“Like Mysore, here, too, we had planned to go in large numbers. But the police told us having so many lawyers can give rise to law and order situation and hence we had only three lawyers visit the Hubli court,” said Venkatesh, who along with two young lawyers had been to the court last week.
The Bengaluru-based lawyers’ team had travelled with a police escort to Hubli. There they were informed that legal formalities could be completed only in the neighbouring Dharwad court. “And when we reached Dharwad court, a huge mob of lawyers had already blocked our way. Around 300-400 policemen were deployed here. But they were hesitant to stop these men,” said another lawyer from the team. Finally, the lawyers had to return without filing their legal representation leave alone argue on behalf of the arrested men.
The lawyers were heckled, called names and death threats were issued in the court premises. Their car was stoned. It has been nearly a week since the men were arrested, but they continue to be unrepresented.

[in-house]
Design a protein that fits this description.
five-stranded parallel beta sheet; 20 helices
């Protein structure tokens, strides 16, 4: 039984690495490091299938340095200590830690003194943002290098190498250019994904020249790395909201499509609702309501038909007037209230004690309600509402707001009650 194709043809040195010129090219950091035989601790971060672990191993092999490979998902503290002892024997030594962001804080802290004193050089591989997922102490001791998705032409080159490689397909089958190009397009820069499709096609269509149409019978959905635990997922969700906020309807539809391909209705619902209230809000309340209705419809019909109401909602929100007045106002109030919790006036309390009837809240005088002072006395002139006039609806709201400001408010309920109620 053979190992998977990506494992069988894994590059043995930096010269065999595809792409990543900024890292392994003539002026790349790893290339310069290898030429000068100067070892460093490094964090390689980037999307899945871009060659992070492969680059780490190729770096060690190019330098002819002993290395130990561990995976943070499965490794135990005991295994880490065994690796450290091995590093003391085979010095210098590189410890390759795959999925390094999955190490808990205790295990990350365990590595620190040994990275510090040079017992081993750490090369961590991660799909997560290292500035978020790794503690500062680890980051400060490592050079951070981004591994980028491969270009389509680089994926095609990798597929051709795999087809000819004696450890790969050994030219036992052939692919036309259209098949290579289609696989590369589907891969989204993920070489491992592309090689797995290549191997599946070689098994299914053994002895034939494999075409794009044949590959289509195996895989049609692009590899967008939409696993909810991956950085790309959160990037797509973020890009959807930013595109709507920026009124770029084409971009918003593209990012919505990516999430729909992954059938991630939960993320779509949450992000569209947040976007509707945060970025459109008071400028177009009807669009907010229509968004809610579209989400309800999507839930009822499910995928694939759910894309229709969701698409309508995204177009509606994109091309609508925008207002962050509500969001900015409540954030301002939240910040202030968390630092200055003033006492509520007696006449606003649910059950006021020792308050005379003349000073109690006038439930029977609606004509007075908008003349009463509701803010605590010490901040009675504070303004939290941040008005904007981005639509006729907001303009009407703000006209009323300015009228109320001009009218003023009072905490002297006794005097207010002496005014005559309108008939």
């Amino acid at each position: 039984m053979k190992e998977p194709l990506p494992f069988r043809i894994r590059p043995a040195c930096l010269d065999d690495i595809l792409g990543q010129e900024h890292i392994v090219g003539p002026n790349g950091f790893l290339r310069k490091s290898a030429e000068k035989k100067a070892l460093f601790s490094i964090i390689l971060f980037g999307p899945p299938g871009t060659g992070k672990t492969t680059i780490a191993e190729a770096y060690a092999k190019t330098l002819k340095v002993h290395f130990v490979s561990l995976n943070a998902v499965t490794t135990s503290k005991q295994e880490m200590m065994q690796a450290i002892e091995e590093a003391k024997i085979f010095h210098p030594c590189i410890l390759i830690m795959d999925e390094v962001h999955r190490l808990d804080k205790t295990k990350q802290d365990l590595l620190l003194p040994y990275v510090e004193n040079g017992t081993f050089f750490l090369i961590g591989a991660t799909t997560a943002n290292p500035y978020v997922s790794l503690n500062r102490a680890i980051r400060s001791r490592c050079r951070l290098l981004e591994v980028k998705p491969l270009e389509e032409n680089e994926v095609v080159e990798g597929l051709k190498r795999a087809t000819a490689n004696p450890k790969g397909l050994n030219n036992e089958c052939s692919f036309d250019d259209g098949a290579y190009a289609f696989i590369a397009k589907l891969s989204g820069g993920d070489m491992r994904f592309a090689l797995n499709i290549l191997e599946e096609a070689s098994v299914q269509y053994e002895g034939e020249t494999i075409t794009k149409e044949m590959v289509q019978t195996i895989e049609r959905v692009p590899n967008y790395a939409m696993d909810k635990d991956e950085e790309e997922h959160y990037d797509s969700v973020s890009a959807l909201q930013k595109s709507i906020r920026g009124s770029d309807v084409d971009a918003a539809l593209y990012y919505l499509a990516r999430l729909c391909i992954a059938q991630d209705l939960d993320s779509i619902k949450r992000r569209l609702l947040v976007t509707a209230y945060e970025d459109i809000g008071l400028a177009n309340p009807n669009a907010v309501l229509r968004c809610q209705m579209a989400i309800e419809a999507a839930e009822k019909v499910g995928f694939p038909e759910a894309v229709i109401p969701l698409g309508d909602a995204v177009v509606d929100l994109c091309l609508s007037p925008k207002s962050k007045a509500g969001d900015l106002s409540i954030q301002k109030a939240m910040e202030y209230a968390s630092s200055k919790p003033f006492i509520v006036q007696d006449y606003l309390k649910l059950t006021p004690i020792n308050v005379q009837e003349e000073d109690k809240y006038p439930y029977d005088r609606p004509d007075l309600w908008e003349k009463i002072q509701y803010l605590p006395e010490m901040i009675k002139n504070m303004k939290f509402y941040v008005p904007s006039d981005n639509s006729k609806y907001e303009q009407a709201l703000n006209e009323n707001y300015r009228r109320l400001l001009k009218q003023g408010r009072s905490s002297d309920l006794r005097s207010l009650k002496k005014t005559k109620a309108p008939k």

Karnataka high court comes down on lawyers
The bar association and the lawyers from the district court continued to block representation for the students despite a petition being filed before the Karnataka high court. On February 26, the Karnataka high court’s division bench of Chief Justice Abhay Shreeniwas Oka and Justice Hemant Chandangoudar called the bar association’s behaviour “sheer militancy”.
The bench observed: “Let the advocates file the bail applications under police protection and then we may transfer the case to Bengaluru. Today it is about these three accused, tomorrow the Bar will pass similar resolution in some other case. You (Advocate General) impress upon them (Hubli Bar Association office bearers). We will ensure that cases are transferred out of their jurisdiction.”
On February 27, the advocates of both the Hubli and Dharwad courts told the Karnataka high court that they have decided to revoke the resolution. The high court has directed senior lawyers of the bar association to come forward and represent the accused so they are not forced to engage lawyers from outstation.
In the prevailing hostile atmosphere across the state, human rights lawyers and activists say, they have found it particularly difficult to negotiate the legal space. A week ago, a 19-year-old Bangalore-based student, Amulya Leona Noronha, was arrested for saying “Pakistan Zindabad” along with “Hindustan Zindabad”. The police, following the pre-decided script, booked her and arrested her for sedition.